Greater divide, less willingness to respectfully disagree building pre-election stress
It goes without saying: a lot of people are on edge over this year's presidential election. One local expert says people are feeling frustrated and helpless by the increasing divide and disrespect. And he believes there will be no relief from it once the votes are counted and a winner is declared.
Dr. Steven Dubovsky, professor and chair of the Psychiatry Department in the University at Buffalo School of Medicine, says Americans have become increasingly polarized with their political stances over the years. But it doesn't stop there. As he sees it, we're no longer willing to respectfully agree to disagree.
"What you've seen is decreasing valuation of not only the other guy's ideas but the other person as well," Dubovsky said. "Anyone who holds a particular idea is completely wrong about everything. They're not worth considering. They're worthless and devalued."
That culture of complete disrespect can be seen at the top, Dubovsky points out, with the general behavior of the two major party presidential candidates this election cycle. He suggests they're even being rewarded for such behavior.
But are we at the point of no return as a society? Not necessarily, according to Dubovsky, but closing the bitter division between Americans will begin with individuals becoming willing to take responsibility for one's own actions.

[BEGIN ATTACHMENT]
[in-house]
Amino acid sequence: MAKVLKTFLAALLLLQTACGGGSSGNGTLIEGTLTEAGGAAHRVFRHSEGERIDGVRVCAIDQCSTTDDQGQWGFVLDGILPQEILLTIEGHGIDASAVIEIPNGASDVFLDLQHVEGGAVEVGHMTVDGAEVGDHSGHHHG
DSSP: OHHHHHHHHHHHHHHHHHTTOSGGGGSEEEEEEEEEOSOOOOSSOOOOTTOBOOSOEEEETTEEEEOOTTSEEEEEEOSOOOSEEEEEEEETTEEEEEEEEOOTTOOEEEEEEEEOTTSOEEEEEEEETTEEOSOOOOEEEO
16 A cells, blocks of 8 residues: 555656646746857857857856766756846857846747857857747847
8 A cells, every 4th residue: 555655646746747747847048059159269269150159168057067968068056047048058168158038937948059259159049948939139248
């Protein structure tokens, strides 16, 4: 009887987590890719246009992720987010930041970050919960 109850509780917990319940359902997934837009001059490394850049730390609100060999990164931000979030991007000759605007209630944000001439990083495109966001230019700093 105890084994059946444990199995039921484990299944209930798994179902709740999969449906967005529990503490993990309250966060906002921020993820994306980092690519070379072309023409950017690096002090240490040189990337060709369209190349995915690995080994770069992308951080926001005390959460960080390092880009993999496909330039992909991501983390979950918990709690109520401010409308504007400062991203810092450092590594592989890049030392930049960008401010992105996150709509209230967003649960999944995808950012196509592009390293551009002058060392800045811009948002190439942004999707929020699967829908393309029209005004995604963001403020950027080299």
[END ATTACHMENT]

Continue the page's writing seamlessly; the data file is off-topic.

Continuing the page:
That includes a willingness to be less offended by other points of view.
"You have these people who felt traumatized because they saw 'Vote for Trump' written on the sidewalk. I've got news for you. That's not trauma," he said. "Trauma is you got blown up. Trauma is you lost your leg, or someone tried to kill you. Trauma is not you saw something that upset you. If we ourselves stop doing this, and say 'what's your feeling?' and 'here's my feeling about that,' and we stop rejecting each other as people because we disagree with each other, then maybe it will percolate back upward."
He predicts Americans will remain bitterly divided, even after the election is settled. Dubovsky believes neither major party is sincerely interested in taking charge of changing the current culture.
"Anyone who wants to bet a thousand dollars that's going to happen, I'd be glad to take that bet," he said.